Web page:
Wednesday, April 22, 2009
Bruins bid adieu to Canadiens in four game sweep
While the fans were busy booing the home side (and maybe the guys in the white jerseys as well) they perhaps didn't find time to reflect back on the last few months of the season, for if they had they surely would not have been surprised at the outcome of this series.
Montreal never seemed to factor into the four games of Boston's sweep, they did have the odd moment where they controlled the play or took charge, but they were few and far between. This was a solid four game set from the Bruins, a powerful display of their physical ability to control the flow of the game and score the big goals when required.
Combine that with the stellar goal tending of Tim Thomas and it's hard to find a reason as to why the Habs fans ever thought their favourites (well perhaps not favourites anymore) ever stood a chance.
The seeds of this defeat were set much earlier this year, the first rumblings of the discontent between Alex Kovalev and then coach Guy Carbonneau, the unnecessary distractions of the criminal elements hovering around some of the players and the fickle nature of affection of the fans for their goaltender Carey Price.
For Price games three and four had to be the most painful of experiences, once hailed as the next legend between the pipes, his slide through the final months of the season morphed into a terrible playoff round, not entirely of his own making, but as countless goaltenders in Montreal have learned before, when things go bad, it's the goaltender who bears the brunt of the crowds anxieties.
GM (and losing coach) Bob Gainey, took time from his post game commentary to criticize those fans who booed their own goaltender in this series, replaying for them the many times that Price was left on his own to face the Bruin onslaught. And while the goal tending certainly wasn't of playoff calibre in the Montreal end, neither was the defensive play and the missing offense through the four games was just as responsible for the Habs exit from the playoffs as were the Bruin goals.
Gainey provided a warning to the faithful about driving away the young goaltender, suggesting that the fans wouldn't want to see him coming into the Bell Centre in another jersey. A rather astute observation considering it was a former Hab, Michael Ryder who did the most damage on the Canadiens in game four, with two goals and some spirited play through the sixty minutes.
Boston was full value for their dominating win and their first playoff success in a decade. The Bruins in this series, continued to showcase the skill and power that has made this past season a remarkable turnaround year for the B's. All the pieces have fit together down the stretch and into the playoffs. The team concept has been accepted as scripture, each player responsible to the other on the ice and the team as a whole.
There are no overwhelming stars on the roster, though the names that stand out are the ones you would expect, Thomas, Chara, Savard and Lucic, all the key ingredients in the four game series with the Habs and all four will have larger roles to play in the series to come.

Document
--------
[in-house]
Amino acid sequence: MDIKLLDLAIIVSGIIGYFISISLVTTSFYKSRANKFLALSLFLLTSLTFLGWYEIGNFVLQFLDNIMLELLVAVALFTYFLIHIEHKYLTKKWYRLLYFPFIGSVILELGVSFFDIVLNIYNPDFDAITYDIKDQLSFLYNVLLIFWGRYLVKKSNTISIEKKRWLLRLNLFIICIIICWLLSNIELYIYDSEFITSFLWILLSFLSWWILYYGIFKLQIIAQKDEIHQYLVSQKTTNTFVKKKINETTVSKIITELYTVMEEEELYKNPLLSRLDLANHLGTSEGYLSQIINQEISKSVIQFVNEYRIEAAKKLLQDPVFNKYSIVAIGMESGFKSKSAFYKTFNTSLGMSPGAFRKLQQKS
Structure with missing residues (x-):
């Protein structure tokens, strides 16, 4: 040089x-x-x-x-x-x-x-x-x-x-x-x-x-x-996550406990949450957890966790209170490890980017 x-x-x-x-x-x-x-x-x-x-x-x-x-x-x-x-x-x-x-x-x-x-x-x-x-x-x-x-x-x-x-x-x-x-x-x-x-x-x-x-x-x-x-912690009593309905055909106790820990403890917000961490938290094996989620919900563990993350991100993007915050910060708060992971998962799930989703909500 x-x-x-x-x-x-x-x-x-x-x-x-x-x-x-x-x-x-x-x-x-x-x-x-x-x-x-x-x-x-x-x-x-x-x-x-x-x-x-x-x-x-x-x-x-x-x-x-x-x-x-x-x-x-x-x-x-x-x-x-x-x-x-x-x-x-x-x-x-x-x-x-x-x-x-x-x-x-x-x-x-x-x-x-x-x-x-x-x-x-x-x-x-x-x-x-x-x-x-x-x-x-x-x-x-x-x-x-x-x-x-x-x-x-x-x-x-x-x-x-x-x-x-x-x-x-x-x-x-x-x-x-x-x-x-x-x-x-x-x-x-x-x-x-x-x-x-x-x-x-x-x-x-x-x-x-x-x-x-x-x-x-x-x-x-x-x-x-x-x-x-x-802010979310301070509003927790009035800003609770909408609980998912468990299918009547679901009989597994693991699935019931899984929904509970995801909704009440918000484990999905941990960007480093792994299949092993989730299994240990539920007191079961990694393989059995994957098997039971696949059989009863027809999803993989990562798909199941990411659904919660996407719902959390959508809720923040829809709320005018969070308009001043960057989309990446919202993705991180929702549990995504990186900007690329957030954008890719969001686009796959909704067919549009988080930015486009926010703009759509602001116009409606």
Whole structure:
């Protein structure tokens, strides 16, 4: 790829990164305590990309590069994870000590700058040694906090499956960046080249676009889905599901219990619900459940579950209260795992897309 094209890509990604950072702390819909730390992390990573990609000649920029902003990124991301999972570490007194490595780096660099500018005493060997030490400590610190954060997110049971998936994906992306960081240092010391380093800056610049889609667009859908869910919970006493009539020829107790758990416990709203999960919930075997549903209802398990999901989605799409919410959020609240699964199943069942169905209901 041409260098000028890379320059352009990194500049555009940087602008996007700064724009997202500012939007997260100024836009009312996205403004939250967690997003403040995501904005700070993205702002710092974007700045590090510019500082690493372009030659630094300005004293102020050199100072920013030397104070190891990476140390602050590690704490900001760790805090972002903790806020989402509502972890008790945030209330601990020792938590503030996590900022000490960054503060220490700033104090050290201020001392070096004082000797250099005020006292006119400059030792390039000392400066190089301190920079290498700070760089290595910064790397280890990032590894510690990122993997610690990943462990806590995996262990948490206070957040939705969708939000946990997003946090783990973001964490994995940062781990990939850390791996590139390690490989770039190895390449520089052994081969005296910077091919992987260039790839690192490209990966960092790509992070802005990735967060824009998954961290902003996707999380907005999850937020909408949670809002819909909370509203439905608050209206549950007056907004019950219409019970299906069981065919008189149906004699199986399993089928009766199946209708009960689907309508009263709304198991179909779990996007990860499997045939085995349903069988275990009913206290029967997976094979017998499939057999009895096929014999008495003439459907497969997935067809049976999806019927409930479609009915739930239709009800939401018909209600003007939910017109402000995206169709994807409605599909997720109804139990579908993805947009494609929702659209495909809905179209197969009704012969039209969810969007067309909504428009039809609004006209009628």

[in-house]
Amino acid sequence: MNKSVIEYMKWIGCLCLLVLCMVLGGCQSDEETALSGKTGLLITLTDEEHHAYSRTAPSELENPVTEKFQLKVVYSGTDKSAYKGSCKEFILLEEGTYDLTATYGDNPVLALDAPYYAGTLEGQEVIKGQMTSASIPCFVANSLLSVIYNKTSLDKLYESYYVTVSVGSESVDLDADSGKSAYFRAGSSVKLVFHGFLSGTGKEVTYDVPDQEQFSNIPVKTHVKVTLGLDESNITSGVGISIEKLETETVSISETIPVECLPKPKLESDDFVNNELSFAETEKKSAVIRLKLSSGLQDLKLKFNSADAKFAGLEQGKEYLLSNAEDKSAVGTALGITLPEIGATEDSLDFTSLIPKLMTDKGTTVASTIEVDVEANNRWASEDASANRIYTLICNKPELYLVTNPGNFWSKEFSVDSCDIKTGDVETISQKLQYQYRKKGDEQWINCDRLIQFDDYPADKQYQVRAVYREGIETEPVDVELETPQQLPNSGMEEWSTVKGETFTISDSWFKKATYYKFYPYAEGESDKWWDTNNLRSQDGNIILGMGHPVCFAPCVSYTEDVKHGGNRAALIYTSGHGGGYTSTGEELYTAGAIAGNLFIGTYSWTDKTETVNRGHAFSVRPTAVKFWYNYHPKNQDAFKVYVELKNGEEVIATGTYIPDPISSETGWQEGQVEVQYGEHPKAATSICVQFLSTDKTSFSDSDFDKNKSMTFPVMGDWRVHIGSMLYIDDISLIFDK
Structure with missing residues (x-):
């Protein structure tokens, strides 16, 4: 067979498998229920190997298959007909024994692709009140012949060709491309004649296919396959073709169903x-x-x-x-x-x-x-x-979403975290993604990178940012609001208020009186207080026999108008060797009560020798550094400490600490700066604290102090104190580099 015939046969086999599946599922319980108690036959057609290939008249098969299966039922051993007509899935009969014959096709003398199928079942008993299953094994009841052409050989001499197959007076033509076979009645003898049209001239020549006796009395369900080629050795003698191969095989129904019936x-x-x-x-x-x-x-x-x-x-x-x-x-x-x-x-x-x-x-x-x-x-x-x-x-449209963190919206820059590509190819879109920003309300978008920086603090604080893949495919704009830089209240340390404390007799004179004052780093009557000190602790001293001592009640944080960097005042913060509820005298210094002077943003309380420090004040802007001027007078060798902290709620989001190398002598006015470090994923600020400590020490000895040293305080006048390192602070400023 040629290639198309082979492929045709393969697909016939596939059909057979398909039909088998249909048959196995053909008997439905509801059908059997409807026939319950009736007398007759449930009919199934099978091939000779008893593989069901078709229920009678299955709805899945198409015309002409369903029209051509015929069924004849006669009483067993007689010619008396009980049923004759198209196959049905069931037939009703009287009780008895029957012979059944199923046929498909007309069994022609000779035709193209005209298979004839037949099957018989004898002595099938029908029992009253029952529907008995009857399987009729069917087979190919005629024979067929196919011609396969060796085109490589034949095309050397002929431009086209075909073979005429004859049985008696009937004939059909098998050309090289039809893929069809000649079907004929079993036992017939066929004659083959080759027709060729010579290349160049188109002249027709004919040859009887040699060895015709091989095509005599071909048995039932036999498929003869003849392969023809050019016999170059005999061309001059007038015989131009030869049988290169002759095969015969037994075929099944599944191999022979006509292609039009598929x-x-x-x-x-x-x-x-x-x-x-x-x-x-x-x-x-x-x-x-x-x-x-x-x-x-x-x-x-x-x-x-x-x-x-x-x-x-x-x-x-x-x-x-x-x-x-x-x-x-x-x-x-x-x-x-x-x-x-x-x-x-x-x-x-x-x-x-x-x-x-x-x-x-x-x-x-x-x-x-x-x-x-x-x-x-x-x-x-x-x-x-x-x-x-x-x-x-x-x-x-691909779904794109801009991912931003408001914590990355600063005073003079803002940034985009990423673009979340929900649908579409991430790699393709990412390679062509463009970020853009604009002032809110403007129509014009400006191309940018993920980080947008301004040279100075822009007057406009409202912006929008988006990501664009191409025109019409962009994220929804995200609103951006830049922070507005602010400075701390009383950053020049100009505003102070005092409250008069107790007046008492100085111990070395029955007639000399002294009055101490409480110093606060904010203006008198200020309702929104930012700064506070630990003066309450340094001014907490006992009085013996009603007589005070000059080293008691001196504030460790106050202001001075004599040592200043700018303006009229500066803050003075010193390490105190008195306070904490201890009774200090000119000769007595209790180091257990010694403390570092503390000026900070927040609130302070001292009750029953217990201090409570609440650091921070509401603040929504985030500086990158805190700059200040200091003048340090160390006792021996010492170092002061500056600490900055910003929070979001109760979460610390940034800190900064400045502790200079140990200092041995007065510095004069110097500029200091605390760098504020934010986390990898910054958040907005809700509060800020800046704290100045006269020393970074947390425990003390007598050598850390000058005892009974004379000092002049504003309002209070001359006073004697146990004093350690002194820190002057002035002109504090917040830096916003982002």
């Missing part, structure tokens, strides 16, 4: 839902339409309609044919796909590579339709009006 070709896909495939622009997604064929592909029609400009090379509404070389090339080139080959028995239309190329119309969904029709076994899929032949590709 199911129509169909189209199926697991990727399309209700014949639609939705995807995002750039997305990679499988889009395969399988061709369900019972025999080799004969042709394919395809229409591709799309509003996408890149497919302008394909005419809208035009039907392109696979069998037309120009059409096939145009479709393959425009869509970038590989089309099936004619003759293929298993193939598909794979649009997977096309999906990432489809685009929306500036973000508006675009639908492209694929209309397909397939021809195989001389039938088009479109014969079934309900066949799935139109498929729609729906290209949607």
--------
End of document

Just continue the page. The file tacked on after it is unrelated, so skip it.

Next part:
Yet it was the remainder of the roster that kept the Bruins on a roll, unafraid to take to the corners to fish out the puck, regularly beating the Canadiens to the puck wherever it went. The Bruins controlled all three zones of the surface, finding the most success in the Montreal end where they seemed to be allowed to set up at will and fire enough pucks unit they gained the desired result.
This Bruins team seems like the strongest contender that Boston has put together in a very long time, they're playing smart and are being coached in a smart fashion as well.
It takes sixteen wins to take home Lord Stanley's mug, the Bruins are but twelve more away from rewarding their fans for their many years of support and enthusiasm.
They were booing in Montreal on Wednesday night, but we suspect that the cheers in Boston could be heard as far away as New York City.
Montreal was home to much second guessing and frustration on Wednesday, a feeling that will eventually go away, but the reminders will be there for a while yet we suspect.
Boston with the four game sweep solidifies the impression that they are the team to beat in the east this year, the four game series with the Habs only adds to the evidence that the road to Stanley, will be keeping on a straight line to Boston.
Montreal Gazette-- Superior Bruins sweep Habs
Montreal Gazette-- Disappointment muffles city streets
Montreal Gazette-- Scalpers bemoan Habs' fate
Globe and Mail-- Canadiens swept out of playoffs
Globe and Mail-- Montreal crowd quiet for U.S. anthem
National Post-- Bruising Bruins sweep Price, Canadiens aside
National Post-- Canadiens' anniversary season a long funeral
Boston Globe-- Ryder leads Bruins to sweep over Habs
Boston Herald-- Bruins make clean getaway
Boston Herald-- Michael Ryder happy to be on series’ winning side
Boston Herald-- David Krejci is delivering like a pro
CBC-- Bruins sweep Canadiens out of playoffs
CBC-- Gainey takes aim at Montreal boobirds
CBC-- Koivu uncertain of future with Habs